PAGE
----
As Juan Martin del Potro retires from tennis, the sport has lost one of its most exceptional characters, and in the cruelest of ways.
We don’t know for certain if his loss to compatriot Federico Delbonis in Buenos Aires last week will be his last match, but the writing seems to be on the wall. After two and a half years out due to a knee fracture that he described as “a living nightmare,” his return to Argentina’s capital did not feel like the start of one final comeback in an injury-plagued career.
Instead, when he hung his trademark bandana across the net, it was the last touch to his emotional goodbye, made finally on his own terms.
A career of huge potential
If it is the end, then he can leave with his head up high. His achievements are superb. His 2009 US Open triumph made him the only man outside of the “Big Three” to win a Major between the 2005 French Open and Wimbledon in 2012. For his country, he won two Olympic singles medals and led Argentina to victory in the 2016 Davis Cup–the first in their history. He won the prestigious Indian Wells in 2018 and returned to the final of US Open in that same year, losing to Novak Djokovic.
Yet his legacy in tennis goes further than his titles and trophies, impressive though they are. A favorite among the fans, the 6’6″ “Tower of Tandil” has been the quintessential gentle giant, a brilliant competitor who was equally as popular for his endearing charm and charisma as for his explosive tennis. And wow, was it explosive.
Watching a del Potro match could be like a blockbuster movie, not just because of his thunderous forehands–perhaps the most destructive weapon in tennis at his peak–but because of the emotional highs and lows that he could produce.
When he played, his every feeling was painted on his face, and whether he won or lost, he dragged us along for the ride with him. Every break point that he saved was somehow a little more impactful, every one of his laser forehands that bit more exhilarating.
Even in the biggest moments, he never lost his human touch. During a 2017 match at Wimbledon in temperatures of over 30c, del Potro came to the aid of an ill fan, passing her water as she received medical attention in the stands.
His likability is a one of many reasons why his retirement, aged just 33, is so hard to accept. No one wants to see players injured at any time, but there was something especially distressing about del Potro’s endless streak of injuries. In what should have been his prime years, “Delpo” would face months and sometimes whole seasons away from the court, undergoing surgeries and constant rehabilitations. It wouldn’t be fair for anyone–but it was especially unfair for him.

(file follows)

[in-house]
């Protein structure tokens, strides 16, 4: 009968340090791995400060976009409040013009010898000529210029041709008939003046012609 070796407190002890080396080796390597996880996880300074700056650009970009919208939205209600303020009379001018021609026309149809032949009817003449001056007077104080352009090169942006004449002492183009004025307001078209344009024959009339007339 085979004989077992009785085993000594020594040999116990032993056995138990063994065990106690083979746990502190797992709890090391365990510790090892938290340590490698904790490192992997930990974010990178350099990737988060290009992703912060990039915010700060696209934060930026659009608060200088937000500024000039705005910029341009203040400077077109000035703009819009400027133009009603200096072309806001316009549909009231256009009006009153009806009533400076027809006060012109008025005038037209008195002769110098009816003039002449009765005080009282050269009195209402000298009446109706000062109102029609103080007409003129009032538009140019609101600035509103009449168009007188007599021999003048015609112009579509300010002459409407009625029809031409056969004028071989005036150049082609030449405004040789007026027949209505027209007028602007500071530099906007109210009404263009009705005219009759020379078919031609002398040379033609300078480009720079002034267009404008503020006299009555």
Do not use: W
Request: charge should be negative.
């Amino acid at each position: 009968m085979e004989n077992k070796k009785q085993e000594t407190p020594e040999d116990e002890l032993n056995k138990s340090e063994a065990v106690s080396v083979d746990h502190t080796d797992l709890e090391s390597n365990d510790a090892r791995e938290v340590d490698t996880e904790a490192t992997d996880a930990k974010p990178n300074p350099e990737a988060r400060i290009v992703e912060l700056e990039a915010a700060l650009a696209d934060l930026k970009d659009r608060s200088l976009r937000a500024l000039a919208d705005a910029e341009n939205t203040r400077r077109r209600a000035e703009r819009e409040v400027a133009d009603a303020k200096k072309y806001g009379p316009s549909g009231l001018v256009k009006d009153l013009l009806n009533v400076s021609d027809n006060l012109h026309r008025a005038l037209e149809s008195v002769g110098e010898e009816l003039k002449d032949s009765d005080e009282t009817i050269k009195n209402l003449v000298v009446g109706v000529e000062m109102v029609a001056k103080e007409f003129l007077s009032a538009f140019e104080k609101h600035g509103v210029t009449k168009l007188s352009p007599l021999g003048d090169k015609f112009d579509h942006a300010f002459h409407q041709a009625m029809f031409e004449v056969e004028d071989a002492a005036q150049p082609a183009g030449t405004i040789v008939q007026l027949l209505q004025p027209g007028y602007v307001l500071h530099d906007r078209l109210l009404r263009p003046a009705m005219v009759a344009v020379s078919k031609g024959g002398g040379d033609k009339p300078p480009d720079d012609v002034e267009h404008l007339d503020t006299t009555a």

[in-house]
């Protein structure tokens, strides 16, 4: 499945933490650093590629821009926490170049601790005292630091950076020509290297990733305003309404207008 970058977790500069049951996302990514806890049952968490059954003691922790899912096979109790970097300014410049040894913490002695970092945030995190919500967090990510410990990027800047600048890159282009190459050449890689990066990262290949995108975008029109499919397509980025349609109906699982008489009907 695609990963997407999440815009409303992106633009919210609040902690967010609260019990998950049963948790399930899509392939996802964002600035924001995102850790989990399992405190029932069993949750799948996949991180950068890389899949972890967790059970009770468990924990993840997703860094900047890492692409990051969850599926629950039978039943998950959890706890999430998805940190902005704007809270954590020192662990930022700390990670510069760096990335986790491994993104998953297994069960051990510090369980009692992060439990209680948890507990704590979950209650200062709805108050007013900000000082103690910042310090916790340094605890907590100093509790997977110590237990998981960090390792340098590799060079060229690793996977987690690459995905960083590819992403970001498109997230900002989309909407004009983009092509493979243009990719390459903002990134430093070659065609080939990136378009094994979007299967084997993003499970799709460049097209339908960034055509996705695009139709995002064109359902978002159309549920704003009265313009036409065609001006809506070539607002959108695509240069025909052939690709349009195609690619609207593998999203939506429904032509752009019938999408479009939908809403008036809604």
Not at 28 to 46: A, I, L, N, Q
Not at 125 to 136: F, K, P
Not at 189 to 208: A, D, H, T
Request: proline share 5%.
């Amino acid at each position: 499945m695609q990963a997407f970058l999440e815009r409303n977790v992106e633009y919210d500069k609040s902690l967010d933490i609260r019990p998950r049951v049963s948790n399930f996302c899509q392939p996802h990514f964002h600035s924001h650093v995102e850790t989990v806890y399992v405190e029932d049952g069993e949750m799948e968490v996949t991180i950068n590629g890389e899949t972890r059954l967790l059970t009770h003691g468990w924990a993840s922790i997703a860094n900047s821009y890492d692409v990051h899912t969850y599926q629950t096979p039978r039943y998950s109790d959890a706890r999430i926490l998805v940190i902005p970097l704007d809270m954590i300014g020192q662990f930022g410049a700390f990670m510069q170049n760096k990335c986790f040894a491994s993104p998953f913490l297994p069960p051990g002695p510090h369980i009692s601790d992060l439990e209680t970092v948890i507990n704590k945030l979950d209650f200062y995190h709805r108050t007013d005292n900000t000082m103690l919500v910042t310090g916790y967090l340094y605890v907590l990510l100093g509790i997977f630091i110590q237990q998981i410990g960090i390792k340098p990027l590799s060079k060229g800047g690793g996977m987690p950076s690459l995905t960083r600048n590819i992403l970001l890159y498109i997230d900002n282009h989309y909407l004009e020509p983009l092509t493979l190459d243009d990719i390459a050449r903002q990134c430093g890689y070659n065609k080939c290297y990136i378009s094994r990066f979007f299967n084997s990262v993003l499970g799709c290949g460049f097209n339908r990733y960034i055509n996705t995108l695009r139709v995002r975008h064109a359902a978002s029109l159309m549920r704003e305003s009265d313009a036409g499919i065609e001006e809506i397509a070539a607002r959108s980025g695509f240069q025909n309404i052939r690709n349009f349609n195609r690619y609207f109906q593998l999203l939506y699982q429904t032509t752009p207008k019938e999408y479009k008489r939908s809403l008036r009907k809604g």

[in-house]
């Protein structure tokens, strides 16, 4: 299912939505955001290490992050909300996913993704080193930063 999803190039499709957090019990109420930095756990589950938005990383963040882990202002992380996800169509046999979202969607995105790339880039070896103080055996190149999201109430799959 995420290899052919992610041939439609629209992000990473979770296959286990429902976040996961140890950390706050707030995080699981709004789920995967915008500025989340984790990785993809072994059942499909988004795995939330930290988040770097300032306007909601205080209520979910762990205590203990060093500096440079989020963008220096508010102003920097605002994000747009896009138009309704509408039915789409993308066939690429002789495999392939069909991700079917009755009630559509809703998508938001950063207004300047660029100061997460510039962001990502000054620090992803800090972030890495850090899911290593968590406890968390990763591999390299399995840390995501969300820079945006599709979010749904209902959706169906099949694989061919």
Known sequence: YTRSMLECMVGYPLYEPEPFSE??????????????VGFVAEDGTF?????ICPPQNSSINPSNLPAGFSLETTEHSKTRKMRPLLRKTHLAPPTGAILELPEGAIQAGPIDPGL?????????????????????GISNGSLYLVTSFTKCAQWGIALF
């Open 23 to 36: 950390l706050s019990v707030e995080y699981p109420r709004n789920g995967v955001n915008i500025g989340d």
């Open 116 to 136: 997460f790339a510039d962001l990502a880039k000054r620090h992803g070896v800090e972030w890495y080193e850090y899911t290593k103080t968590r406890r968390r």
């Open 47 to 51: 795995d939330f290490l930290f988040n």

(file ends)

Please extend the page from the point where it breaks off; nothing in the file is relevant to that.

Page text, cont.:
Juan Martin del Potro: Injuries and comebacks
The first of those injuries came in January 2010, months after his win at Flushing Meadows and just after he’d reached a career-high ranking of #4. He would not return until October that year, starting a pattern that repeatedly interrupted brilliant and intense periods of on-court success with agonizing injuries and extended absences.
A successful comeback in the 2011 season was followed by an Olympic bronze in 2012. There, he lost a classic semifinal against Roger Federer–the longest best-of-three-sets match in history at the time–and took victory over Djokovic in the bronze medal match.
His return to London at Wimbledon in 2013 was almost as memorable, culminating in a classic five-set semifinal against Djokovic in one of the best Grand Slam matches of recent years.
Then the injury nightmare returned. Wrist surgery early in 2014 kept Delpo out for almost the entire season, and just as he returned in 2015, he was forced to go under the knife again for the same problem, missing another year.
2016 arrived, and it was back on the comeback trail again. Victories over Djokovic and Rafael Nadal highlighted his silver medal campaign at Rio’s Olympics, and then there was that Davis Cup Final.
In one of his greatest wins, he came back from two sets down for the first time in his career to conquer Croatia’s Marin Cilic, paving the way for Argentina’s maiden win in the competition. Tellingly, even there he faced injury problems, breaking a finger during the match.
The next two seasons came and went successfully until the 2018 Shanghai Masters, where he fractured his knee for the first time. Eight months later at Queens in 2019, he re-fractured that same knee, prompting an admission that his career could already be over:
“If that match was the last of one my career, I don’t know. During rehab I will be able to think clearly. I will know what my body is able to do.”
The toll from that injury has been especially heavy. Fixing his knee has required four surgeries, adding to the four total wrist surgeries from earlier in his career. Time after time, he has fought back and relit the flame that has made him such a standout figure in tennis. This time, it was too much to overcome.
Though he may have bowed out with a loss, in returning to Buenos Aires, Juan Martin del Potro completed a personal victory. He has left the court just as he wanted, in front of an Argentinian crowd to whom he gave so much. It’s the very least the Tower of Tandil deserved.
Main Photo from Getty.